Plaintiff E. Peter Mullane, Trustee of Boulevard Realty Trust, (Mullane) filed his unverified complaint on September 11, 2006, pursuant to G. L. c. 249, § 4, seeking relief from Defendant Town of Edgartown Board of Healths (the Board of Health) denial of an application for certain variances from: (1) Title 5 of the State Environmental Code, 310 CMR, § 15.00 (Title 5); (2) the Town of Edgartown Board of Health Rules & Regulations (the BOH Regulations); and (3) the Edgartown Zoning Bylaw (the Bylaw) necessary to construct a septic system for a single family house on property located at 189 The Boulevard, Edgartown, MA (Locus). A case management conference was held on November 21, 2006, and a status conference was held on March 1, 2007. On April 27, 2007, Mullane filed his Motion for Judgment on the Pleadings, together with a supporting memorandum. On June 29, 2007, the Board of Health filed a memorandum in opposition to Mullanes Motion for Judgment on the Pleadings. Mullane filed a reply memorandum on October 19, 2007. A hearing was held on the motion on October 31, 2007, and the matter was taken under advisement.
The purpose of a motion for judgment on the pleadings pursuant to Mass. R. Civ. P. 12(c) is to challenge the legal sufficiency of the complaint. Bd. of Selectmen of Hanson v. Lindsay, 444 Mass. 502 , 509 (2005) (citations omitted). It is appropriate only when the text of the pleadings produces no dispute over material facts. Tanner v. Bd. of Appeals of Belmont, 27 Mass. App. Ct. 1181 , 1182 (1989) (citing Clarke v. Metro. Dist. Commn, 11 Mass. App. Ct. 955 (1981)). When a defendants pleading places the material allegations in question, a motion for judgment on the pleadings cannot lie. Id. Since the parties in the case at bar agree upon the record, judgment on the pleadings is permissible.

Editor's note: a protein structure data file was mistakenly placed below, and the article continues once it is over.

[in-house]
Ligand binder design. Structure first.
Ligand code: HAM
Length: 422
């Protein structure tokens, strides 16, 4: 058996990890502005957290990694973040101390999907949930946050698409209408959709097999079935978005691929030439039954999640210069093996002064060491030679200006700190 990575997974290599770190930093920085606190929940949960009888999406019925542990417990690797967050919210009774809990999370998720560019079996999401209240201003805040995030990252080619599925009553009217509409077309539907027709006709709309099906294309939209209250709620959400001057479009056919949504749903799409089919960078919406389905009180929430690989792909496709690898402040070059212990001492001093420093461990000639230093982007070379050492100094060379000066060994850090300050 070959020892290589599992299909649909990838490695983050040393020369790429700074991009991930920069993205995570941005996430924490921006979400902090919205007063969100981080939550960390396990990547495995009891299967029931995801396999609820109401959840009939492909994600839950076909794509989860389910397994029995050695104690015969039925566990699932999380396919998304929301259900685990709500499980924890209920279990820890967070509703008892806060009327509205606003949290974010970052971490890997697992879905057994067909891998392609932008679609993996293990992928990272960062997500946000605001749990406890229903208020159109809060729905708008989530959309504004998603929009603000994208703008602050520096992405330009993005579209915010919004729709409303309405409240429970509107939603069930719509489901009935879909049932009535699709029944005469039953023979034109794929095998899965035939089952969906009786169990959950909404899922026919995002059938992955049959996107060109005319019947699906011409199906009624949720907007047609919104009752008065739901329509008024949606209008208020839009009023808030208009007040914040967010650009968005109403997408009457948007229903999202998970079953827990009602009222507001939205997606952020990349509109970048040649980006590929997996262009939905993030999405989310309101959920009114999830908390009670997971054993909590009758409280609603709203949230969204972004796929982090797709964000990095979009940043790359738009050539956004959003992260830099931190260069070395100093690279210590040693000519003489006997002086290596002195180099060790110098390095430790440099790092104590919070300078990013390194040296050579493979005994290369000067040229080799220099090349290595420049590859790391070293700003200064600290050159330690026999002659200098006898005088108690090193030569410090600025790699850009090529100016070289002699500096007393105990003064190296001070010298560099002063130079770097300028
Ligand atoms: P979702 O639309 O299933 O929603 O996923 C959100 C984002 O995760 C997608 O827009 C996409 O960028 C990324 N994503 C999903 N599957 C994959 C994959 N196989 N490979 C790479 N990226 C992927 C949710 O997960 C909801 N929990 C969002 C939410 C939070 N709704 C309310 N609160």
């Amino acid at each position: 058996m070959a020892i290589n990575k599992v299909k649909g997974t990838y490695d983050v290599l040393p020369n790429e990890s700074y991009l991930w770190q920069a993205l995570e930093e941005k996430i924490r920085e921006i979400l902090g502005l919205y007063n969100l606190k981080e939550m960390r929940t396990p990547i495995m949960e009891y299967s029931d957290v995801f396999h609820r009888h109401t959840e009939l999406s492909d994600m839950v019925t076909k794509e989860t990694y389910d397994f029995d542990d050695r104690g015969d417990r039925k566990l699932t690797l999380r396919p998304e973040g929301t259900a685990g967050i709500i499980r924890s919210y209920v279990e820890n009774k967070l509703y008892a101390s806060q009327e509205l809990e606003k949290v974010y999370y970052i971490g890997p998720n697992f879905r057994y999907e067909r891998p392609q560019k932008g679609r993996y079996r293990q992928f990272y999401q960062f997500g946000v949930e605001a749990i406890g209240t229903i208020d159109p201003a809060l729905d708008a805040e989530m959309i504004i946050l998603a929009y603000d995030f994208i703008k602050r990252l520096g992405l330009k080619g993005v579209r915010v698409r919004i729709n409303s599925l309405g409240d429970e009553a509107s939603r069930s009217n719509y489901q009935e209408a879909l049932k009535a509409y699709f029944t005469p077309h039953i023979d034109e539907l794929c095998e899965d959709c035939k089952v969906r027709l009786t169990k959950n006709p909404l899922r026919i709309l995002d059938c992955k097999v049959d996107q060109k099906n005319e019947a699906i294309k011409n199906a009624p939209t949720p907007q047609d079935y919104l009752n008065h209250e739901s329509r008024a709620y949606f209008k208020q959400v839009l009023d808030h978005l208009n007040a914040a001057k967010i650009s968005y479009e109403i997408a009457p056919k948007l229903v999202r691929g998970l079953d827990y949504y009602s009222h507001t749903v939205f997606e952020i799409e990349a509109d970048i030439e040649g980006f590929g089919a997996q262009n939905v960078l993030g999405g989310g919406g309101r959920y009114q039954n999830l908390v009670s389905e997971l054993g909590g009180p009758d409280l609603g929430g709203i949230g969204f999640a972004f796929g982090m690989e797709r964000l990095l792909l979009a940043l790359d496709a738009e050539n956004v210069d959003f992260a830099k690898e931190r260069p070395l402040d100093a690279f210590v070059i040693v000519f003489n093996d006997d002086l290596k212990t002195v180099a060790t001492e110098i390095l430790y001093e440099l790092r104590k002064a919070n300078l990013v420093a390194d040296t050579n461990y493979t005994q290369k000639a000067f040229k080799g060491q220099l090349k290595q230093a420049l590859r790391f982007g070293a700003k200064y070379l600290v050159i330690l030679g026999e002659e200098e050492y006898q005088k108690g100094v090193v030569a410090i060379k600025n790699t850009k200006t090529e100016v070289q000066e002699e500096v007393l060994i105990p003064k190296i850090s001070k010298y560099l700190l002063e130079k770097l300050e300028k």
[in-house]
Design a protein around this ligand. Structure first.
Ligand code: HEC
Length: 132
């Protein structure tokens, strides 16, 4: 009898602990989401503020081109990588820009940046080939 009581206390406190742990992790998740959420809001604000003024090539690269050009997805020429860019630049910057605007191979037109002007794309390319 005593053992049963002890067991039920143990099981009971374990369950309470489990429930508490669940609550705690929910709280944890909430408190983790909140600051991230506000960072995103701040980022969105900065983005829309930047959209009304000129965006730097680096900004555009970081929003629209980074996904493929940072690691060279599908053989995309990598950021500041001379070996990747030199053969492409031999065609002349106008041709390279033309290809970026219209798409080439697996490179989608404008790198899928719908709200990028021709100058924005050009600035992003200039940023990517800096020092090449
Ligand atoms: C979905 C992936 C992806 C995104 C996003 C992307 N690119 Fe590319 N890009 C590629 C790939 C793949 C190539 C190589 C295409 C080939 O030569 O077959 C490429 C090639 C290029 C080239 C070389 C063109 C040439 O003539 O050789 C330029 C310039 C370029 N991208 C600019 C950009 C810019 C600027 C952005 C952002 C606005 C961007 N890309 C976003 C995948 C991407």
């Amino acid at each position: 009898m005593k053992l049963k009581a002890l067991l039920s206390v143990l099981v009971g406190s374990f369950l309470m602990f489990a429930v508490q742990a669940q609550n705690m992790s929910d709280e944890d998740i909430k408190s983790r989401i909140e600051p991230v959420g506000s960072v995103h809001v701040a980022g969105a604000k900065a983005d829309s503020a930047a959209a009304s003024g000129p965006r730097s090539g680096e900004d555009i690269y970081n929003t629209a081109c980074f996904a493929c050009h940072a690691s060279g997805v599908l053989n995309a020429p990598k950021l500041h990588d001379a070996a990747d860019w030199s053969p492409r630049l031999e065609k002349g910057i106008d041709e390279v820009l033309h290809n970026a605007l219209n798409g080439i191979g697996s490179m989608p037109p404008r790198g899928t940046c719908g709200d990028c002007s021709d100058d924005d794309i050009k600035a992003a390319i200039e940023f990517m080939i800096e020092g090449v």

The following facts are not in dispute:
1. Mullane is the record owner of Locus, a vacant lot. Locus is bounded on northwest and southeast by abutting lots, on the northeast by Sengekontacket Pond, and on the southwest by The Boulevard. Locus is comprised of approximately 4.8 acres; 1.4 acres consist of upland and freshwater wetland, and the remaining 3.4 acres are salt marsh and open water. Of the 1.4 acres of upland and freshwater wetland, only 1.2 acres are suitable for construction of a septic system.
2. Locus is shown as Lot 7 on an Approval Not Required plan titled Plan of Land in Edgartown, Mass., Property of John L. LaCroix, Scale 1" = 100' dated April 22, 1976, prepared by Schoefield Brothers Incorporated (the ANR Plan). Prior to this date, Locus was part of a larger parcel owned by John L. LaCroix (LaCroix). By deed dated September 29, 1976, LaCroix conveyed Locus to Ann Marie LaCroix Tingle. [Note 1] On December 21, 1976, in preparation for an approval of the ANR Plan and development of the land by LaCroix, the Marthas Vineyard Commission (the MVC) issued a decision that permitted the Town of Edgartown Planning Board (the Planning Board) to grant the necessary development permits for the proposed division of land . . . . On April 7, 1977 the Planning Board approved the ANR Plan, and such plan was recorded in the Dukes County Registry of Deeds on September 23, 1977.